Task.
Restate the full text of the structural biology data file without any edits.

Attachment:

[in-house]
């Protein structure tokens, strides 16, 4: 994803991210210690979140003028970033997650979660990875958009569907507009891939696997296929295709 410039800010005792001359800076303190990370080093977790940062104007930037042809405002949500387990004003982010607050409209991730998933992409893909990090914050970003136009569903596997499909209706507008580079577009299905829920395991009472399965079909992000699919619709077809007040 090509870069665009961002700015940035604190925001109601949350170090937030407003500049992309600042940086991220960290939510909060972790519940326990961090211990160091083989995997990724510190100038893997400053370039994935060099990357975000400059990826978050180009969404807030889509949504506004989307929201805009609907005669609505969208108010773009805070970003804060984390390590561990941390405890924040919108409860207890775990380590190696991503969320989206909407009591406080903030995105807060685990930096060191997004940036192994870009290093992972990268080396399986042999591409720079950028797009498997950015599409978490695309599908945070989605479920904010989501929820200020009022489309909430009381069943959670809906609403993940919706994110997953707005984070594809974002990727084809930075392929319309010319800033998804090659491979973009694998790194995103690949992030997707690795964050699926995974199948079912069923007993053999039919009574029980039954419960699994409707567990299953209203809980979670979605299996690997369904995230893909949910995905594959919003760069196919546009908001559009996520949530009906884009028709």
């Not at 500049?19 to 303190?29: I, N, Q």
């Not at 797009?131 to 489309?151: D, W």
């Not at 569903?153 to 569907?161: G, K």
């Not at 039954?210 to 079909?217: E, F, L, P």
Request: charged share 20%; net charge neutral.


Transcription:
[in-house]
């Protein structure tokens, strides 16, 4: 994803991210210690979140003028970033997650979660990875958009569907507009891939696997296929295709 410039800010005792001359800076303190990370080093977790940062104007930037042809405002949500387990004003982010607050409209991730998933992409893909990090914050970003136009569903596997499909209706507008580079577009299905829920395991009472399965079909992000699919619709077809007040 090509870069665009961002700015940035604190925001109601949350170090937030407003500049992309600042940086991220960290939510909060972790519940326990961090211990160091083989995997990724510190100038893997400053370039994935060099990357975000400059990826978050180009969404807030889509949504506004989307929201805009609907005669609505969208108010773009805070970003804060984390390590561990941390405890924040919108409860207890775990380590190696991503969320989206909407009591406080903030995105807060685990930096060191997004940036192994870009290093992972990268080396399986042999591409720079950028797009498997950015599409978490695309599908945070989605479920904010989501929820200020009022489309909430009381069943959670809906609403993940919706994110997953707005984070594809974002990727084809930075392929319309010319800033998804090659491979973009694998790194995103690949992030997707690795964050699926995974199948079912069923007993053999039919009574029980039954419960699994409707567990299953209203809980979670979605299996690997369904995230893909949910995905594959919003760069196919546009908001559009996520949530009906884009028709």
């Not at 500049?19 to 303190?29: I, N, Q």
């Not at 797009?131 to 489309?151: D, W």
């Not at 569903?153 to 569907?161: G, K």
């Not at 039954?210 to 079909?217: E, F, L, P």
Request: charged share 20%; net charge neutral.